Chernobyl Nuclear Power Plant Disaster: Economic Impact

Why It Cost Hundreds of Billions of Dollars

Chernobyl
14-month-old Ulia was born without an esophagus. She is waiting to be operated on at the intensive care unit of the Children's Surgical Center on March 14, 2006 in Minsk, Belarus. A 1995 United Nations report stated that the Chernobyl disaster caused a 250% increase in congenital birth deformities. Photo by Ezra Shaw/Getty Images

On April 26, 1986, the worst accident in the history of the nuclear industry occurred in Chernobyl, Ukraine. It released more radiation than the bomb on Hiroshima. That's because radioactive fumes leaked for two weeks. It took seven months to build a concrete shelter over the reactor.

The Chernobyl disaster immediately affected Russia, Ukraine and Belarus. A massive release of radioactive material spread over much of Europe.

Dangerous caesium-137, which has a long half-life, is still a problem. There are measurable levels in soils and some foods in many parts of Europe. Five million people still live in areas with elevated radiation levels.

What Happened at Chernobyl?

At 1:23 a.m., Unit 4 exploded and ruptured the reactor vessel. Human error caused the explosion. The crew wanted to find out if the turbines alone could keep the cooling safety system running. They could not turn the reactor off, so they powered it down to 25 percent of normal. To conduct the test at this low level, they switched off the safety system. 

Things did not go as planned. The reactor power fell to less than 1 percent of normal. When they started powering it back up to the desired level, a power surge occurred. That started a dangerous chain reaction. Without the safety system, it quickly ruptured the reactor. 

The explosion blew off the 1000-ton sealing cap.

Temperatures rose above 2000°C, melting the fuel rods. Then the graphite covering the fuel rods caught on fire. It burned for nine days, steadily releasing radiation. (Source: "What Happened in Chernobyl?" Greenpeace, March 20, 2006)

What Was the Economic Impact?

Over the next 20 years, Chernobyl's cost grew to hundreds of billions of dollars.

Why? Here are the 11 primary reasons.

  1. Damage directly caused by the accident.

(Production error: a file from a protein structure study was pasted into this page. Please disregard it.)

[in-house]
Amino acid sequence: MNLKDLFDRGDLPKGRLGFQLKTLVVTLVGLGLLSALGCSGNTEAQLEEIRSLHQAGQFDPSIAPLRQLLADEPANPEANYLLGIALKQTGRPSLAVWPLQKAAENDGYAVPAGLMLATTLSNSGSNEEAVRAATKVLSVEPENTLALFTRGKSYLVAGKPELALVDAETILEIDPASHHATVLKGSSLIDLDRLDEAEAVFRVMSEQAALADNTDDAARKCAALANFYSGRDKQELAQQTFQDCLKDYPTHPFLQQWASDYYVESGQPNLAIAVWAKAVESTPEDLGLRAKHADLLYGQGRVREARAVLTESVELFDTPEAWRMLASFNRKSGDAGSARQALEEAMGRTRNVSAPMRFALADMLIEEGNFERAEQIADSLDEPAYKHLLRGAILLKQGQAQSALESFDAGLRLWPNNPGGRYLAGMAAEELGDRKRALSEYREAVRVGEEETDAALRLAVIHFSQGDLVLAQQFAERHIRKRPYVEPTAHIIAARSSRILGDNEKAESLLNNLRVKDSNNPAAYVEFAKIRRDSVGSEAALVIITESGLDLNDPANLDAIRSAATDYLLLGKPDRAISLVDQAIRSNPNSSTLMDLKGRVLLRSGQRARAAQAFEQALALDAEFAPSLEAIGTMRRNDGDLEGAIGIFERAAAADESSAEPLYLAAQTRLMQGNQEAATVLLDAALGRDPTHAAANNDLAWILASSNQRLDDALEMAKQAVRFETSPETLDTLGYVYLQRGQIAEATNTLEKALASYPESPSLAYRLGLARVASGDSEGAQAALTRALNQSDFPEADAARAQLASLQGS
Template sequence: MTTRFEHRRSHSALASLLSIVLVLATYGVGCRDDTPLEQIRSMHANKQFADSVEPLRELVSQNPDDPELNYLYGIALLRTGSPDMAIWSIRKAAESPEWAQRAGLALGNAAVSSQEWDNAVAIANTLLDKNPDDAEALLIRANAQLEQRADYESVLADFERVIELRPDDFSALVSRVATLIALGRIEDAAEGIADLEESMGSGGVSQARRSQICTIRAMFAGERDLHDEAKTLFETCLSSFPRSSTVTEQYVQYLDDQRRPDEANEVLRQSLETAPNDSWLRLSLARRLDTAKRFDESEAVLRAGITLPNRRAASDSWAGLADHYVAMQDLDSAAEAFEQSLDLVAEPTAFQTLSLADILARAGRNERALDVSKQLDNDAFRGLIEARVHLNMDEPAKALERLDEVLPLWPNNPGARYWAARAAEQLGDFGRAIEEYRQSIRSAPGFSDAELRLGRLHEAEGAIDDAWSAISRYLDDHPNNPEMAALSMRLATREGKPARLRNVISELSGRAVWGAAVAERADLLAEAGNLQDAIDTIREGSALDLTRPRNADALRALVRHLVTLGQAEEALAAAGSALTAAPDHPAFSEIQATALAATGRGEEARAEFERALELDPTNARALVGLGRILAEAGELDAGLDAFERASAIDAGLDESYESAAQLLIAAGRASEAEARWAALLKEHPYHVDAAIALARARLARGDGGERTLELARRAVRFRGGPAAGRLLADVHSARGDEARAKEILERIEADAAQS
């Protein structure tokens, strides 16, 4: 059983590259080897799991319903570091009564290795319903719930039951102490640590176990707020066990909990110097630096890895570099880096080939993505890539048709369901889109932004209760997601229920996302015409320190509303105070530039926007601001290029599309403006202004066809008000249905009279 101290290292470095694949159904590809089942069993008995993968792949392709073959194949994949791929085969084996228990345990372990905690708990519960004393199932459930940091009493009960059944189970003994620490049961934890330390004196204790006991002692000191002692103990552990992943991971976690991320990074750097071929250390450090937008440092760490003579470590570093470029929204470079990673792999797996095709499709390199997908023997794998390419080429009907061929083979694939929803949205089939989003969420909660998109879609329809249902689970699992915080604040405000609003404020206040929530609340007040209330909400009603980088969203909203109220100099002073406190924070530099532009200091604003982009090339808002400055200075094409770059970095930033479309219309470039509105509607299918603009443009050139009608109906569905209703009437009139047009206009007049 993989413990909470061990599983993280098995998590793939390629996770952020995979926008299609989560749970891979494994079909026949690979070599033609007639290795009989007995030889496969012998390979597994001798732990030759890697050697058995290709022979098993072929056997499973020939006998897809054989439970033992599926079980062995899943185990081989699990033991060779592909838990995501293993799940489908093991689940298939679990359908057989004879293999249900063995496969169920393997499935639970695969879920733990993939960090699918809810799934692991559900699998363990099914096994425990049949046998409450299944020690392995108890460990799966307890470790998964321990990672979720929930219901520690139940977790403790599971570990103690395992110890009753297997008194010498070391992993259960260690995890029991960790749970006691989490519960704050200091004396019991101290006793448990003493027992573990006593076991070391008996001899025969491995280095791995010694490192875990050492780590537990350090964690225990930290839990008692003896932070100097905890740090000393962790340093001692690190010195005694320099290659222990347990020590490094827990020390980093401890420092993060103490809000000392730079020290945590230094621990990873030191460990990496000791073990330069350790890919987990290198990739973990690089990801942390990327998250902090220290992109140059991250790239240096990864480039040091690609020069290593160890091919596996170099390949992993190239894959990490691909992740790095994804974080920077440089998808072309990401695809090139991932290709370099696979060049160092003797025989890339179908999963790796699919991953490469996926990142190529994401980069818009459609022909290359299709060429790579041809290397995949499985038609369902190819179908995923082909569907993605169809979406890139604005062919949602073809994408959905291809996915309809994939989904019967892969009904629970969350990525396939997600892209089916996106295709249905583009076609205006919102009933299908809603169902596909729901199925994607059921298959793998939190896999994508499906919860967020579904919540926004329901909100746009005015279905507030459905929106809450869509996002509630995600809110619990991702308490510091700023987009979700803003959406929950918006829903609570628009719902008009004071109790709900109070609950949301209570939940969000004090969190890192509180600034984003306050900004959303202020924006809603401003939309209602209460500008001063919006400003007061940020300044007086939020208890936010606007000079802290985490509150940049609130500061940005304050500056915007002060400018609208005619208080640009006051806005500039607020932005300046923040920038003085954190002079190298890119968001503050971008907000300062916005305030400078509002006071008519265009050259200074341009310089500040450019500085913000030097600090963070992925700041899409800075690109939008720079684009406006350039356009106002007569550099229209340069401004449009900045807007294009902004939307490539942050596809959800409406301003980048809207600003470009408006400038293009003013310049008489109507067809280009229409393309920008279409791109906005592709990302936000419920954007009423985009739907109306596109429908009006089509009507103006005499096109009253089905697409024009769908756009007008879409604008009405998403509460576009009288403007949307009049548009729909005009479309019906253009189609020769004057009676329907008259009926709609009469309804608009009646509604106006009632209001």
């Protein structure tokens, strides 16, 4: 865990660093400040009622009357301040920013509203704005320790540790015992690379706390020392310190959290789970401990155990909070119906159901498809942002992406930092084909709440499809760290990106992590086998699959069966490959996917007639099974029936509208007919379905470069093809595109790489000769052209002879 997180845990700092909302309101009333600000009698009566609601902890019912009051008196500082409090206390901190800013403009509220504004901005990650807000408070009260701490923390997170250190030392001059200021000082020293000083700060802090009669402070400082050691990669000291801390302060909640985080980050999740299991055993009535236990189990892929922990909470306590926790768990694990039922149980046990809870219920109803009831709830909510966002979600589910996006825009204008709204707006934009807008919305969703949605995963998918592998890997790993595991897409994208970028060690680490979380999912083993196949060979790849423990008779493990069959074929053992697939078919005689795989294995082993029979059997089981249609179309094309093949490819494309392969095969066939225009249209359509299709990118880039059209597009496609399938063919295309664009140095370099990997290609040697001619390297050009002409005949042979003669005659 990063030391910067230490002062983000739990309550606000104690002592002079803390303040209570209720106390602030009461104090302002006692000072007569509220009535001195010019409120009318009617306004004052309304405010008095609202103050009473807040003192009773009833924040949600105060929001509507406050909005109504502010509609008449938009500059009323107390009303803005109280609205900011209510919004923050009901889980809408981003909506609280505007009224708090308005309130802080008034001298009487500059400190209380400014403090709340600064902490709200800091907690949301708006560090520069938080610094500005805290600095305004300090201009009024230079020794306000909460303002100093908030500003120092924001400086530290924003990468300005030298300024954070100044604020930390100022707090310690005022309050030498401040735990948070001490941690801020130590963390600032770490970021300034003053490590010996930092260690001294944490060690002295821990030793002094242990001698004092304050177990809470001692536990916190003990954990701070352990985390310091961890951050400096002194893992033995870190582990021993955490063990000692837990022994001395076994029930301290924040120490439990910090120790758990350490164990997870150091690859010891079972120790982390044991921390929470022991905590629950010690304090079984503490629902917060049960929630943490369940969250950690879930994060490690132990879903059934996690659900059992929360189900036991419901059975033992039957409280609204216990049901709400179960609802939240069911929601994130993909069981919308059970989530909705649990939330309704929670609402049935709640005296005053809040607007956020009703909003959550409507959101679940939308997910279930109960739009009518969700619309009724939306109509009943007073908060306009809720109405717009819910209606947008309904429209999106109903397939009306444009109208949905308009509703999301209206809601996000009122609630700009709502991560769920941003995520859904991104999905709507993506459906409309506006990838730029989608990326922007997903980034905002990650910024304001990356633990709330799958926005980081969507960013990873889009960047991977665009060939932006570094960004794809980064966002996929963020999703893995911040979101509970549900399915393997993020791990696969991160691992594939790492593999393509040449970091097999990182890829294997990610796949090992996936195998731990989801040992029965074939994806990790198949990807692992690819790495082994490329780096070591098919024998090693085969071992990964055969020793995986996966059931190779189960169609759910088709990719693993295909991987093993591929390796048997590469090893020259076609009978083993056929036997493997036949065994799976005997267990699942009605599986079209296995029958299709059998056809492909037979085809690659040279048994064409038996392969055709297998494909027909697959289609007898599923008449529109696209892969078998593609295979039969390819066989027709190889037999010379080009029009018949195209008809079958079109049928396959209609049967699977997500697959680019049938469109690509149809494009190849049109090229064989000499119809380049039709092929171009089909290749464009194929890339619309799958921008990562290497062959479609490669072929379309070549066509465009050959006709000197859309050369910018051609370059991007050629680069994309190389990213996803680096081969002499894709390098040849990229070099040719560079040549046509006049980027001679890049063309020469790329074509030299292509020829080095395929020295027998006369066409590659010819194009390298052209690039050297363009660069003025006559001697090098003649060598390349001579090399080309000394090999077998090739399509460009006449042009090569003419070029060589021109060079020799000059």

2. The cost of sealing off the reactor. It is crumbling, exposing the environment to contamination again. The European Bank for Reconstruction and Development and a group of foreign donors are building a replacement. It will be completed in 2017 and cost 2.35 billion euros. 
  3. Creating an exclusion zone of 30 kilometres around the power plant.
  4. Resettling 330,000 people.
  5. Health care for those exposed to radiation. The leak immediately doused 1,000 people with high levels of radiation.  Four thousand children later came down with thyroid cancer from drinking contaminated milk. Also, more than 600,000 emergency workers were exposed. Many died or suffered severe health issues.
  6. Seven million people are still receiving benefits payments in Russia, Ukraine and Belarus. That costs Ukraine at least 5% of its annual budget and Belarus at least 6% of its budget.
  7. Research to find out how to produce uncontaminated food.
  8. Monitoring environmental radiation levels.
  9. Toxic waste clean-up and disposal of radioactive waste.
  10. The opportunity cost of removing farmland and forests from use.
  11. Loss of power from the Chernobyl plant itself. Unit 4 was shut down. Reactors 1, 2 and 3 were restarted in October 1986. They produced power until December 2000. (Source: "Arch Rises to Seal Chernobyl 30 Years On, The Wall Street Journal, April 26, 2016. "Chernobyl Images Now and Then," RT.com, April 26, 2014.)
  1. The cancellation of Belarus’s nuclear power program. Belarus estimates total losses of $235 billion. (Source: Chernobyl’s Legacy: Health, Environmental and Socio-Economic Impacts, The Chernobyl Forum: 2003-2005)

The accident couldn't have happened at a worse time. The Berlin Wall came crashing down in 1990, ending the Soviet Union. Both Ukraine and Belarus had been former USSR satellite countries. Now, they were facing independence. Ukraine had been the "breadbasket" of the Soviet world. The accident destroyed this role.  There were few small businesses to take its place.

The accident made new business development more difficult. Few companies wanted to invest in an area threatened by radiation. Who wants to buy a product marked "Made in Chernobyl?"

Comparison to Other Nuclear Disasters

The cost of a nuclear accident in a populated, industrial area could be much higher.

That's because the Chernobyl disaster took place in a rural farming region. More than 5,700 square miles are contaminated, about the size of Connecticut.

Hurricane Katrina cost less, between $125 billion to $250 billion. It knocked GDP growth to 1.3 percent in the 4th quarter 2005. It affected 19 percent of U.S. oil production and spiked gas prices to $5 a gallon.

The 2011 Fukushima nuclear accident created as much economic damage as Chernobyl.  It forced Japan to close 11 of its 50 nuclear reactors. It reduced the country's electricity generation by 40 percent. It did not release as much radiation.

Chernobyl released much more radiation than the Three Mile Island nuclear accident.  But the Three Mile Island may have had a greater economic impact. That's because it shut down development of new nuclear plants in the United States. The accident occurred in 1974, and there were no new plant applications until 2007. As a result, U.S. nuclear engineering companies lost their competitive edge to other countries.